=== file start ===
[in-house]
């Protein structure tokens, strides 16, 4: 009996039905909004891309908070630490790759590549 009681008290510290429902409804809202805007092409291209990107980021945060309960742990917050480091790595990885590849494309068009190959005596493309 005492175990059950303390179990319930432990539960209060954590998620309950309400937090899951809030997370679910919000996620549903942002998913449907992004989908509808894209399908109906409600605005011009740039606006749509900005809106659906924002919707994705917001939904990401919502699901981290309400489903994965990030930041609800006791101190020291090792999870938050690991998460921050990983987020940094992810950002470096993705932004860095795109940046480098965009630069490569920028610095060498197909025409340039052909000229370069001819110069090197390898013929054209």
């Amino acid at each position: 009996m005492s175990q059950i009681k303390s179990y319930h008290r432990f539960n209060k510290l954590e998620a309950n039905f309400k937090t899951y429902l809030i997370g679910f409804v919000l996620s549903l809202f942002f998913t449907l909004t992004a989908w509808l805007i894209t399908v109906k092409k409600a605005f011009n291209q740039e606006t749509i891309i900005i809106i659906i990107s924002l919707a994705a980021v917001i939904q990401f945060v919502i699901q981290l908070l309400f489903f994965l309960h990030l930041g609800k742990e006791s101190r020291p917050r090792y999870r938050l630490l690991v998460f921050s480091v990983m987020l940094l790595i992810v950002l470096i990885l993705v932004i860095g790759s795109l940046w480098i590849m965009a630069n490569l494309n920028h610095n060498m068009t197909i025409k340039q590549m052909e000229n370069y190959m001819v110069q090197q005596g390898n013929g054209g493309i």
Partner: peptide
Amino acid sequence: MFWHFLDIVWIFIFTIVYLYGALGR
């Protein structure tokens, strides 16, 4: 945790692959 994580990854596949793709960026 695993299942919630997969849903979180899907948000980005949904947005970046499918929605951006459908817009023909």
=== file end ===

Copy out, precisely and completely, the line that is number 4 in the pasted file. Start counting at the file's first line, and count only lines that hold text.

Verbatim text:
Partner: peptide